Athletes in 13 sports will come together to compete in the Ireland Games in Dublin.
ATHLETES FROM ACROSS the country are travelling to Dublin today as the four-day Special Olympics Ireland Games kicks off in venues across the capital.
President Michael D Higgins will welcome 1,600 athletes to Tallaght Stadium this evening for the opening ceremony.
Daniel Ryan, a longtime member of Lakers Social & Recreational Club in Bray, Co Wicklow, will be present but his focus will be on his first bowling match.
“It has been one of my favourite sports,” he told TheJournal.ie, explaining that he has been playing with his team since last year.
Lakers is one of the 320 clubs across Ireland involved in this week’s games.
In preparation for the games, Daniel said he “had to do a lot of training every week” at Bray Bowl Bowling Alley.
Although he believes he’s ready to compete, he said “it’s not about winning or losing” but more about “being there for each other, shoulder to shoulder”.
Daniel said that Special Olympics “changes people’s lives” as he likes being active and that sport is now a big part of his life.
There will be a focus on health at the Ireland Games over the weekend with an expansion of the Healthy Athlete screening programme which athletes can use in their downtime between competitions.
Rebecha McAuley is also a Lakers club member and will compete in badminton, which she “can’t wait” for.
It’s a “really big honour” to compete, she says, and her family will be in Dublin to support her.
The athletes selected from these games will go on to represent Team Ireland at the Special Olympics World Summer Games in Abu Dhabi in March 2019.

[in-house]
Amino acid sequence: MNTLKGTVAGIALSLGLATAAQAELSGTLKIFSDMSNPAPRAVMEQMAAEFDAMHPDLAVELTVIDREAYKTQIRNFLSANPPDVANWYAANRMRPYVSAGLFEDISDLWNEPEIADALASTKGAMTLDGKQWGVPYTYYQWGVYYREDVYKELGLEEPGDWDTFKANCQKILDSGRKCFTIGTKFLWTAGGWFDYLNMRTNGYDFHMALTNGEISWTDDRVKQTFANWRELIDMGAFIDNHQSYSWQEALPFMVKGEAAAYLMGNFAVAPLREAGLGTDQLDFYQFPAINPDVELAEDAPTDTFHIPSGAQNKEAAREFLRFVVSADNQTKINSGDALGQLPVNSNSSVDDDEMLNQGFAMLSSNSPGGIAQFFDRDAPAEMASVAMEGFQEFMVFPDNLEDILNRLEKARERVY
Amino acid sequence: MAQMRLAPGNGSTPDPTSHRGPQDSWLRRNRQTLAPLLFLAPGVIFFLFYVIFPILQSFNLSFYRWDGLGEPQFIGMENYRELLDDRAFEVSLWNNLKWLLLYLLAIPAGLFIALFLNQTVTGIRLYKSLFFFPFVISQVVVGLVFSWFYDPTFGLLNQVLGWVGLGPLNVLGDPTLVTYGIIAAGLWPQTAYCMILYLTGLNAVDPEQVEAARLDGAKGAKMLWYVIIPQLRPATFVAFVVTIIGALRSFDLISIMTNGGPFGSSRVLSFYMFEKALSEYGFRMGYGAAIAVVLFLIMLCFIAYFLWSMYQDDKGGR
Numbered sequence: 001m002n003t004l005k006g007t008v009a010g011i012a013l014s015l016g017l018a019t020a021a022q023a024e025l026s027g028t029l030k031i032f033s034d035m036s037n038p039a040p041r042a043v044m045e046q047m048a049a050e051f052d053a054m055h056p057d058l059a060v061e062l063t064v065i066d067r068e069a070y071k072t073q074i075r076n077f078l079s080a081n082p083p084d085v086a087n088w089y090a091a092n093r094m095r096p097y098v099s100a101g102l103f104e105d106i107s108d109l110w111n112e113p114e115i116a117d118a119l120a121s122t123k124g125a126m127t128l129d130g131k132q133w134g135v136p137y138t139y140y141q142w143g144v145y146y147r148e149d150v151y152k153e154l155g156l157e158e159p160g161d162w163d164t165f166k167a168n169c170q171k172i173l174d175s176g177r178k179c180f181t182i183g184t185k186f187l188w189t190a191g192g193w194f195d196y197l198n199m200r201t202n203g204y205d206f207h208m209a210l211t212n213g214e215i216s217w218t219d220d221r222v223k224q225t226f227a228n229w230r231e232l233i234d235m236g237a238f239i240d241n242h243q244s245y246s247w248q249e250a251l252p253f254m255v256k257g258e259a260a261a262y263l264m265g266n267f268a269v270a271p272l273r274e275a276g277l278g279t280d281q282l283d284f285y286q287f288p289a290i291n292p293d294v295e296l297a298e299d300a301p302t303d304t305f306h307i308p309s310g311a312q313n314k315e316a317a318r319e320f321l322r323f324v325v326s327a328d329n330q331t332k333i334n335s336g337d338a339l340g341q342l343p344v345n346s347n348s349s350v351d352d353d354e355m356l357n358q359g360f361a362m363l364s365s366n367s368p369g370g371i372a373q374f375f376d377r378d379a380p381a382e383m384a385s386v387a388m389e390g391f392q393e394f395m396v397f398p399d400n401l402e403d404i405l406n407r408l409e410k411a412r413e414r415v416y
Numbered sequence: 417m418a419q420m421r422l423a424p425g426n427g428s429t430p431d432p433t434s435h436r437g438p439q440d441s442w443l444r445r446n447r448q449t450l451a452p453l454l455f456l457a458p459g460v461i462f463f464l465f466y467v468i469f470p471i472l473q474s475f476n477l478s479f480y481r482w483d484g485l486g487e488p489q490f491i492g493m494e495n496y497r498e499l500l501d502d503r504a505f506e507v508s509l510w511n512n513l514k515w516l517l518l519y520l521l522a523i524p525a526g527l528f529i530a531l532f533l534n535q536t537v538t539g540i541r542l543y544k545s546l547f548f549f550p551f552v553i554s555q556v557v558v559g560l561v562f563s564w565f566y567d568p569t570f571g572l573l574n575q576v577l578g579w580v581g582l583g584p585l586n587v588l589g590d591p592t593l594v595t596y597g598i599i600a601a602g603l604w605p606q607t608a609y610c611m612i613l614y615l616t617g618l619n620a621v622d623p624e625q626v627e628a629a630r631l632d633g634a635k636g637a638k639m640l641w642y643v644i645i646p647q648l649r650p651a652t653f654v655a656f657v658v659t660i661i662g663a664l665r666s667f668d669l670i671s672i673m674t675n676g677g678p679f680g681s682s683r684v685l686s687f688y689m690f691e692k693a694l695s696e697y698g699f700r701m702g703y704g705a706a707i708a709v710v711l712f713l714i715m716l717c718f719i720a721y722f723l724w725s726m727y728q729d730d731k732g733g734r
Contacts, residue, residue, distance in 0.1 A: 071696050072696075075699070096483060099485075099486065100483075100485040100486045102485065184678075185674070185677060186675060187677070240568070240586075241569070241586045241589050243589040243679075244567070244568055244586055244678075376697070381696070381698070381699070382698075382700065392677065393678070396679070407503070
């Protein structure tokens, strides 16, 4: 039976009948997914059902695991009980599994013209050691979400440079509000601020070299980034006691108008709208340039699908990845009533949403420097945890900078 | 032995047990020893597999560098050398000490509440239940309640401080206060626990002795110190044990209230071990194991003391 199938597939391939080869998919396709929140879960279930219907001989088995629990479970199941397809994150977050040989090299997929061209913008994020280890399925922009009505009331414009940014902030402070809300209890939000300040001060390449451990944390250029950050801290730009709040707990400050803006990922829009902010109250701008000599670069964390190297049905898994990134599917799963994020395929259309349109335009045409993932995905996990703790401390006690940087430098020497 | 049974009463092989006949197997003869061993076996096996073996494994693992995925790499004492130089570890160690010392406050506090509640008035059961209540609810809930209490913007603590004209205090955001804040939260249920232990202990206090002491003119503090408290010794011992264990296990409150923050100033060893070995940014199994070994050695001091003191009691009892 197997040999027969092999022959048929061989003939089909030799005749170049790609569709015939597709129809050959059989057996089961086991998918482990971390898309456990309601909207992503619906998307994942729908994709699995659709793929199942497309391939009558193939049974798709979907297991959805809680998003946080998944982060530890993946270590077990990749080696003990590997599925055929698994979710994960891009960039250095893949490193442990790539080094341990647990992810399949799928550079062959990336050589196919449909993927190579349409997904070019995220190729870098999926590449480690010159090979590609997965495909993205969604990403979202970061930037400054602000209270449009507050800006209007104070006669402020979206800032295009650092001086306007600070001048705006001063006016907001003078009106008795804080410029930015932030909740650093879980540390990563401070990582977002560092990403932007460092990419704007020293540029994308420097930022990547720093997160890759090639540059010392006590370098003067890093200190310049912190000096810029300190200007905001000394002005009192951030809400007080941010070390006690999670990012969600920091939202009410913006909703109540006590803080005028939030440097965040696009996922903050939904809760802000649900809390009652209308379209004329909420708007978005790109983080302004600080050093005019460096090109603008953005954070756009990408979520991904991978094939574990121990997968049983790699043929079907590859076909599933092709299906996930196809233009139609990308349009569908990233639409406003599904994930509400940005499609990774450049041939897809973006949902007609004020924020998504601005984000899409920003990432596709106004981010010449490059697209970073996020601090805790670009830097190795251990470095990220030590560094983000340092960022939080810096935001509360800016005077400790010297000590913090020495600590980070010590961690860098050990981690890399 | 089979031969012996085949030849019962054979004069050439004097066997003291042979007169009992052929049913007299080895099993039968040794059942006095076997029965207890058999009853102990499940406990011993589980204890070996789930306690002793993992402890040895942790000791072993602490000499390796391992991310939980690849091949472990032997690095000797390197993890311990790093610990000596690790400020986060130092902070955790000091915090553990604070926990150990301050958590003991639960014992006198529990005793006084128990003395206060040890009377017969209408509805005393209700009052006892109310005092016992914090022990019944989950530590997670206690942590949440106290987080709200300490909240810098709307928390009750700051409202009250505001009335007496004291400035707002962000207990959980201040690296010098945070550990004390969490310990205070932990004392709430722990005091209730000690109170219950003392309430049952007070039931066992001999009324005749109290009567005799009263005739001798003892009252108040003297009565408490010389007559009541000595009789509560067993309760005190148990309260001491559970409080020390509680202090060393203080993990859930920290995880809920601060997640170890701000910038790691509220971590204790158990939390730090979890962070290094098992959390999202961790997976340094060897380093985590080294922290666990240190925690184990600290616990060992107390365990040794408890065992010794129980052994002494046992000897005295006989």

McAuley has these games in mind and told TheJournal.ie that getting to the next stage would be life-changing for her and she said, “It would make Ireland proud”.
Tonight, the athletes represent their five regions – Team Connacht, Team Ulster, Team Munster, Team Leinster and Team Eastern – will join in a parade with their 600 coaches and trainers.
Athletes with an intellectual disabilities will compete in athletics, gymnastics, badminton, kayaking, basketball, 10-pin bowling, football, golf, pitch and putt, swimming, equestrian and bocce (similar to lawn bowls and aimed at older athletes to encourage them to stay involved in sport as it is less athletically challenging).
Matt English of Special Olympics Ireland told TheJournal.ie that for athletes “it’s a dream to compete in the Ireland games” after qualifying from the local and regional stages.
Guaranteeing a ‘great atmosphere’, English is expecting about 8,000 people to attend but encouraged even more members of the public to make time to cheer the athletes on.
Tonight’s ceremony will see folk band Hudson Taylor perform, as well as singer Jake Carter, Ireland’s Got Talent Xquisite Dance Group and DJ John Gibbons.
The Special Olympic torch run made its tour of Ireland this week and the Flame of Hope will be lit from 6.30pm.
In 2003, Ireland hosted the World Games of Special Olympics and today the Special Olympics charity has 2,500 volunteers.
This year sees the Ireland Games hosted in Dublin for the first time since 2002.
English hopes young people will be inspired to take up a sport following this weekend. Special Olympics Ireland develop their introductory Young Athletes Programme for ages 4-7.
This week’s events will take place at Sport Ireland National Sports Campus, Blanchardstown; Morton Stadium, Santry; Leisureplex, Blanchardstown; Cherry Orchard Equestrian Centre; St Margarets Golf Club;Irish Wheelchair Association, Clontarf; Royal Meath Pitch and Putt Club; National Aquatics Centre; and Seapoint, Open Water Swimming.